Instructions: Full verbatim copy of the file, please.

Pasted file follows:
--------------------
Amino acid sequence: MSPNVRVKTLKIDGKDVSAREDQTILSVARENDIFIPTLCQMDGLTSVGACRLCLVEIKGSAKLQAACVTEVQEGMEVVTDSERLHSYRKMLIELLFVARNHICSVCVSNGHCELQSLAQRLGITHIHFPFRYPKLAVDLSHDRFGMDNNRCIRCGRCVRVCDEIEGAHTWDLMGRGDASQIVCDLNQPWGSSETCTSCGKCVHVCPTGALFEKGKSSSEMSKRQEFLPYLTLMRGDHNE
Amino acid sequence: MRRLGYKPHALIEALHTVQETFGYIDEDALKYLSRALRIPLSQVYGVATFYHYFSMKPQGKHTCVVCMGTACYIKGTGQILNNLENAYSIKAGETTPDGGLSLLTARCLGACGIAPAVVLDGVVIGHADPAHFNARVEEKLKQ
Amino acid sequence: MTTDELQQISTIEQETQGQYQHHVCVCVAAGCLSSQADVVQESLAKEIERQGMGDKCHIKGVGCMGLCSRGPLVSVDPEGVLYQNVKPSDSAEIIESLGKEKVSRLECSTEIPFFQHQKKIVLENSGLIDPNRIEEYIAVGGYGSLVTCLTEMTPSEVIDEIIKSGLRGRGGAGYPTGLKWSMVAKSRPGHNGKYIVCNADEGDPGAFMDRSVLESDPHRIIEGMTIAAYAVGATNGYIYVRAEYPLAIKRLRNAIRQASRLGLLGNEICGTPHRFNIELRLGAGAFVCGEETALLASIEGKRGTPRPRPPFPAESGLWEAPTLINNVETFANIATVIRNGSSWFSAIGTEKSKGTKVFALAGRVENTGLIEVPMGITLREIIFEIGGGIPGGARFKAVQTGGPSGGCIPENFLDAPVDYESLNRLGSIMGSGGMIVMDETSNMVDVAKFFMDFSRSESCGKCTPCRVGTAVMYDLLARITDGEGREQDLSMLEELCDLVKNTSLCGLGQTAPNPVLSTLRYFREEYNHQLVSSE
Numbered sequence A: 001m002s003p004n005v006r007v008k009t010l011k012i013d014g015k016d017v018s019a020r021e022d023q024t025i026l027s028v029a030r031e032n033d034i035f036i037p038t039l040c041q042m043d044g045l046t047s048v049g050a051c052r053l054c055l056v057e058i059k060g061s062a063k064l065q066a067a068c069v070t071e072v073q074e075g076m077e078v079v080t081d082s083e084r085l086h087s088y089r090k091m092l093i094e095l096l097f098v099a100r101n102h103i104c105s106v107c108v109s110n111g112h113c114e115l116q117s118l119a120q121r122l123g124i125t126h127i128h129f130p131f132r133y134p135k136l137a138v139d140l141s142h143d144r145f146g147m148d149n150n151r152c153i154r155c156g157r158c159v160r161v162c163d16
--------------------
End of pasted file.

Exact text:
Amino acid sequence: MSPNVRVKTLKIDGKDVSAREDQTILSVARENDIFIPTLCQMDGLTSVGACRLCLVEIKGSAKLQAACVTEVQEGMEVVTDSERLHSYRKMLIELLFVARNHICSVCVSNGHCELQSLAQRLGITHIHFPFRYPKLAVDLSHDRFGMDNNRCIRCGRCVRVCDEIEGAHTWDLMGRGDASQIVCDLNQPWGSSETCTSCGKCVHVCPTGALFEKGKSSSEMSKRQEFLPYLTLMRGDHNE
Amino acid sequence: MRRLGYKPHALIEALHTVQETFGYIDEDALKYLSRALRIPLSQVYGVATFYHYFSMKPQGKHTCVVCMGTACYIKGTGQILNNLENAYSIKAGETTPDGGLSLLTARCLGACGIAPAVVLDGVVIGHADPAHFNARVEEKLKQ
Amino acid sequence: MTTDELQQISTIEQETQGQYQHHVCVCVAAGCLSSQADVVQESLAKEIERQGMGDKCHIKGVGCMGLCSRGPLVSVDPEGVLYQNVKPSDSAEIIESLGKEKVSRLECSTEIPFFQHQKKIVLENSGLIDPNRIEEYIAVGGYGSLVTCLTEMTPSEVIDEIIKSGLRGRGGAGYPTGLKWSMVAKSRPGHNGKYIVCNADEGDPGAFMDRSVLESDPHRIIEGMTIAAYAVGATNGYIYVRAEYPLAIKRLRNAIRQASRLGLLGNEICGTPHRFNIELRLGAGAFVCGEETALLASIEGKRGTPRPRPPFPAESGLWEAPTLINNVETFANIATVIRNGSSWFSAIGTEKSKGTKVFALAGRVENTGLIEVPMGITLREIIFEIGGGIPGGARFKAVQTGGPSGGCIPENFLDAPVDYESLNRLGSIMGSGGMIVMDETSNMVDVAKFFMDFSRSESCGKCTPCRVGTAVMYDLLARITDGEGREQDLSMLEELCDLVKNTSLCGLGQTAPNPVLSTLRYFREEYNHQLVSSE
Numbered sequence A: 001m002s003p004n005v006r007v008k009t010l011k012i013d014g015k016d017v018s019a020r021e022d023q024t025i026l027s028v029a030r031e032n033d034i035f036i037p038t039l040c041q042m043d044g045l046t047s048v049g050a051c052r053l054c055l056v057e058i059k060g061s062a063k064l065q066a067a068c069v070t071e072v073q074e075g076m077e078v079v080t081d082s083e084r085l086h087s088y089r090k091m092l093i094e095l096l097f098v099a100r101n102h103i104c105s106v107c108v109s110n111g112h113c114e115l116q117s118l119a120q121r122l123g124i125t126h127i128h129f130p131f132r133y134p135k136l137a138v139d140l141s142h143d144r145f146g147m148d149n150n151r152c153i154r155c156g157r158c159v160r161v162c163d16